Stylistically, these stories are very much from another era (two of them were originally published under the pseudonym...

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THE MONKEY'S WEDDING AND OTHER STORIES

Darkly whimsical stories, most of them from the 1950s and six of them previously unpublished, by the late author best known for the fanciful Wolves of Willoughby Chase series and Jane Austen sequels.

Aiken, who died in 2004, was a kind of modern folklorist whose stories (many of which were featured in Argosy) include a repressed English vicar reincarnated as a brazen cat, a mini-mermaid no one wants except the seaman who found her (but can't keep her), a forlorn 4-year-old boy summoned from the past by the sound of music, an ad writer haunted by octopuses and the chain-smoking devil himself. Then there's Midsummer Village, which is targeted by a millionaire developer blind to its legendary beauty, which is so great that it exists for only three days a year. Even in her more realistic stories, there's a sense of people getting pulled by unexplained or unseen forces, most affectingly in "The Monkey's Wedding," in which an elderly artist goes to reclaim his celebrated painting of a German-occupied Eastern European town, 50 years after the work fell into Nazi hands, and his crusty aged mother who discovers the grandson she never knew she had. Whatever the outcome of these tales, however deep the themes, Aiken writes with surpassing spirit and alertness, never ceasing to find interest or amazement in the traps people set for themselves. Some of the stories are slight, but Aiken's elegant restraint and dry wit never fail to leave their mark.

Stylistically, these stories are very much from another era (two of them were originally published under the pseudonym Nicholas Dee), but the moral insights in them are timeless.

Pub Date: April 1, 2011

ISBN: 978-1-931520-74-4

Page Count: 200

Publisher: Small Beer Press

Review Posted Online: April 18, 2011

Kirkus Reviews Issue: May 1, 2011

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THE THINGS THEY CARRIED

It's being called a novel, but it is more a hybrid: short-stories/essays/confessions about the Vietnam War—the subject that O'Brien reasonably comes back to with every book. Some of these stories/memoirs are very good in their starkness and factualness: the title piece, about what a foot soldier actually has on him (weights included) at any given time, lends a palpability that makes the emotional freight (fear, horror, guilt) correspond superbly. Maybe the most moving piece here is "On The Rainy River," about a draftee's ambivalence about going, and how he decided to go: "I would go to war—I would kill and maybe die—because I was embarrassed not to." But so much else is so structurally coy that real effects are muted and disadvantaged: O'Brien is writing a book more about earnestness than about war, and the peekaboos of this isn't really me but of course it truly is serve no true purpose. They make this an annoyingly arty book, hiding more than not behind Hemingwayesque time-signatures and puerile repetitions about war (and memory and everything else, for that matter) being hell and heaven both. A disappointment.

Pub Date: March 28, 1990

ISBN: 0618706410

Page Count: 256

Publisher: Houghton Mifflin

Review Posted Online: Oct. 2, 2011

Kirkus Reviews Issue: Feb. 15, 1990

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A welcome introduction to a major author and a pleasure for fans of contemporary European literature.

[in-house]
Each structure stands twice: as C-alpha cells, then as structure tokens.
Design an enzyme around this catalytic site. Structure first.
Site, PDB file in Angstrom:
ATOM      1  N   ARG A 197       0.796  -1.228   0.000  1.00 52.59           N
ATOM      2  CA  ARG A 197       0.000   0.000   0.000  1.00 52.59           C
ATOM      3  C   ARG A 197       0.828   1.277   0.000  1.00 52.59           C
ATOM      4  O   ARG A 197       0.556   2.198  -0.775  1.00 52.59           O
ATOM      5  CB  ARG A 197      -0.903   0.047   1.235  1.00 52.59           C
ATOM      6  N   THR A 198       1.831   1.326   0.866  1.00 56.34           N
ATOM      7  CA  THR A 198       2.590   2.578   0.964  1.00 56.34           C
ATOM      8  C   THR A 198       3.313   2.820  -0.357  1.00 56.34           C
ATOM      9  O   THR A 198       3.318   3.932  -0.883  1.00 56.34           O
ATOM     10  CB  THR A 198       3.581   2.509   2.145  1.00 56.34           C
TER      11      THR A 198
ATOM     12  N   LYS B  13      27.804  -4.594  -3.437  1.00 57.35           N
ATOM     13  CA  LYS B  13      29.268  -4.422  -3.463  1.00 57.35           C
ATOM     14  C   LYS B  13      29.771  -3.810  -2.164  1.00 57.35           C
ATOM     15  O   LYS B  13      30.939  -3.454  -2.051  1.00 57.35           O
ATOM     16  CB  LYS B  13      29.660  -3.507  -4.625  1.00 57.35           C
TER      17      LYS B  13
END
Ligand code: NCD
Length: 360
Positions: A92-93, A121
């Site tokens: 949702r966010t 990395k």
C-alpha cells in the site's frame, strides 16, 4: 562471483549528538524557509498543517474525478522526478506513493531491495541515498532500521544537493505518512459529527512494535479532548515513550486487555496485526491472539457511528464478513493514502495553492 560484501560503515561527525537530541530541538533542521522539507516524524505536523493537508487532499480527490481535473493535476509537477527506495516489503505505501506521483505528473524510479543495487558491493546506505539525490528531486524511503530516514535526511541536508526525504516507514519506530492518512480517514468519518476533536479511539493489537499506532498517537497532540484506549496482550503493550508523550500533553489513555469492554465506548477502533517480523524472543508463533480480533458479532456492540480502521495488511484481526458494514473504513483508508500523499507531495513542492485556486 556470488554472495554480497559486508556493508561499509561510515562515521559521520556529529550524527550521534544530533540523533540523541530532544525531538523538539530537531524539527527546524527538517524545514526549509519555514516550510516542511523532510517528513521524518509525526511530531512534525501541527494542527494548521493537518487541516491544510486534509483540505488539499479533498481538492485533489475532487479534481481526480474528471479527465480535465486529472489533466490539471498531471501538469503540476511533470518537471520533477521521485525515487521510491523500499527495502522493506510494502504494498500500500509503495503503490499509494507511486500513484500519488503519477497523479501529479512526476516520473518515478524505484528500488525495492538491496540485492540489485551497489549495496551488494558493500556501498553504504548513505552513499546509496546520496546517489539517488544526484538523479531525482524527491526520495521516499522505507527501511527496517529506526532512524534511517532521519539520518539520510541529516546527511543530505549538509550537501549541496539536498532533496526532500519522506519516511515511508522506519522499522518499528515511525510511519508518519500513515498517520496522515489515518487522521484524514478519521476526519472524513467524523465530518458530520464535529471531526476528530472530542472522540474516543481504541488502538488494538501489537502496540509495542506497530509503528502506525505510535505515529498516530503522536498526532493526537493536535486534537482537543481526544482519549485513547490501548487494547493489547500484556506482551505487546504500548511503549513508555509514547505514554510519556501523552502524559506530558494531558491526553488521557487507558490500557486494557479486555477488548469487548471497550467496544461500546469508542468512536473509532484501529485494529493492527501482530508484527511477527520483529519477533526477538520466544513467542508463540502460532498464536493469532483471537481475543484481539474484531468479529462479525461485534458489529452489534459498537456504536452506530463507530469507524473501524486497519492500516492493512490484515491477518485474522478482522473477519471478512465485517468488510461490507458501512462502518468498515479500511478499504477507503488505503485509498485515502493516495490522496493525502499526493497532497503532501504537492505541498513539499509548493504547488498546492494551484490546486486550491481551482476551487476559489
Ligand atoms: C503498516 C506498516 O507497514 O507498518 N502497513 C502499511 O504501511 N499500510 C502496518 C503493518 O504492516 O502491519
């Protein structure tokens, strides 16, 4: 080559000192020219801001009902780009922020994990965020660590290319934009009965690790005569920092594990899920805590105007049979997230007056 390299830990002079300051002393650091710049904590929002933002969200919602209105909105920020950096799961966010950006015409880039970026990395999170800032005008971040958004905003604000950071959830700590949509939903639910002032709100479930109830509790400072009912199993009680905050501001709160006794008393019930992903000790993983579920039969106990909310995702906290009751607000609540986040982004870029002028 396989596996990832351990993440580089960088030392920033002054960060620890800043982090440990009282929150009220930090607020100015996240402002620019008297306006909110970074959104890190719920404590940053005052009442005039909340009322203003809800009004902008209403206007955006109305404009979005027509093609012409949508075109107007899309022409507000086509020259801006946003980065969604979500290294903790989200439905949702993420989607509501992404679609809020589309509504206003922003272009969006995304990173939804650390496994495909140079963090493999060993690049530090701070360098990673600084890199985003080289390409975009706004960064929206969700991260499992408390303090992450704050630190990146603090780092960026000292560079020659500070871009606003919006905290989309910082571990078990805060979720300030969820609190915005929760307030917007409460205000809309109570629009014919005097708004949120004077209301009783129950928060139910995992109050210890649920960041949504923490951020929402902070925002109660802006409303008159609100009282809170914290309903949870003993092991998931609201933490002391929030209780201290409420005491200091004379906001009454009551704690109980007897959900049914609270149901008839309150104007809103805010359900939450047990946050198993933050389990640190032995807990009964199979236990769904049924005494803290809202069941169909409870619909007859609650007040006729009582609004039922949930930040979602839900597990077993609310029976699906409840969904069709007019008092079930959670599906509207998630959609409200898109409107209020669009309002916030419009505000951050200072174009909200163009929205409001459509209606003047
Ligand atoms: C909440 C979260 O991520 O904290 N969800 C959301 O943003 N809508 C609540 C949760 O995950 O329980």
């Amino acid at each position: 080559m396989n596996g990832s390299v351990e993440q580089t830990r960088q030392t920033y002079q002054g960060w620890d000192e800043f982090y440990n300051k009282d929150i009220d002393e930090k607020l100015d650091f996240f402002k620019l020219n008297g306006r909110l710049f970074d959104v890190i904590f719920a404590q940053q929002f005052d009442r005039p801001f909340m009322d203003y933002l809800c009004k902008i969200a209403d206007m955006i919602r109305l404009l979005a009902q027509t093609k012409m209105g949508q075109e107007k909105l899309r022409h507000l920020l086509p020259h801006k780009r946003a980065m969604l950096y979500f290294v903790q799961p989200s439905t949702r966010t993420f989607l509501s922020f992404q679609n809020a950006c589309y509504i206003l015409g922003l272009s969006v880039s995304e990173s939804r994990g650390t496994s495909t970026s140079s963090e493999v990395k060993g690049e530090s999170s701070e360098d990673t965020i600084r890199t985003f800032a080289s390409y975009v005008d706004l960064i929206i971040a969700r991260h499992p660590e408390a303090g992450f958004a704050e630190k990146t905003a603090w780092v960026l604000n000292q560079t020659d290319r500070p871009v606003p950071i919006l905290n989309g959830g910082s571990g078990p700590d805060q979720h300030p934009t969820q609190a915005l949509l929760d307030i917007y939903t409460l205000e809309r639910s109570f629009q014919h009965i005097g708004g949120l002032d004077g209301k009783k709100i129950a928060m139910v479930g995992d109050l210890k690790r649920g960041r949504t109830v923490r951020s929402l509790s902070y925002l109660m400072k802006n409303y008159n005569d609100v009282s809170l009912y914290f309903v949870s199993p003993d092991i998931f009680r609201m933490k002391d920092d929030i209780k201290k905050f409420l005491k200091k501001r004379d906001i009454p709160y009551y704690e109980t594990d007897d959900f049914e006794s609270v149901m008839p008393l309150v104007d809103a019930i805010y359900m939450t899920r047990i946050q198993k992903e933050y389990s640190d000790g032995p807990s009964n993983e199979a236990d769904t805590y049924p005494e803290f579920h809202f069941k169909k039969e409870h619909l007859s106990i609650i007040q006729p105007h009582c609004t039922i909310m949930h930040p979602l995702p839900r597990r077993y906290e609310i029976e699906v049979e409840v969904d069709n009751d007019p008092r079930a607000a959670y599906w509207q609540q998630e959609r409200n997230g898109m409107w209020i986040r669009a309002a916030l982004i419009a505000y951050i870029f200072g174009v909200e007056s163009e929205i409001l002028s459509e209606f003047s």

FLIGHTS

Thoughts on travel as an existential adventure from one of Poland’s most lauded and popular authors.

Already a huge commercial and critical success in her native country, Tokarczuk (House of Day, House of Night, 2003) captured the attention of Anglophone readers when this book was shortlisted for the Man Booker International Prize in 2018. In addition to being a fiction writer, Tokarczuk is also an essayist and a psychologist and an activist known—and sometimes reviled—for her cosmopolitan, anti-nationalist views. Her wide-ranging interests are evident in this volume. It’s not a novel exactly. It’s not even a collection of intertwined short stories, although there are longer sections featuring recurring characters and well-developed narratives. Overall, though, this is a series of fragments tenuously linked by the idea of travel—through space and also through time—and a thoughtful, ironic voice. Movement from one place to another, from one thought to another, defines both the preoccupations of this discursive text and its style. One of the extended stories follows a man named Kunicki whose wife and child disappear on vacation—and suddenly reappear. A first-person narrator offers a sort of memoir through movement, recalling her own peregrinations bit by bit. There are pilgrims and holidaymakers. Tokarczuk also explores the connection between travel and colonialism with side trips into “exotic” practices and cabinets of curiosity. There are philosophical digressions, like a meditation on the flight from Irkutsk to Moscow that lands at the same time it takes off. None of this is to say that this book is dry or didactic. Tokarczuk has a sly sense of humor. It’s impossible not to laugh at the opening line, “I’m reminded of something that Borges was once reminded of….” Of course someone interested in maps and territories, of the emotional landscape of travel and the difference between memory and reality would feel an affinity for the Argentine fabulist.

A welcome introduction to a major author and a pleasure for fans of contemporary European literature.

Pub Date: Aug. 14, 2018

ISBN: 978-0-525-53419-8

Page Count: 416

Publisher: Riverhead

Review Posted Online: May 15, 2018

Kirkus Reviews Issue: June 1, 2018

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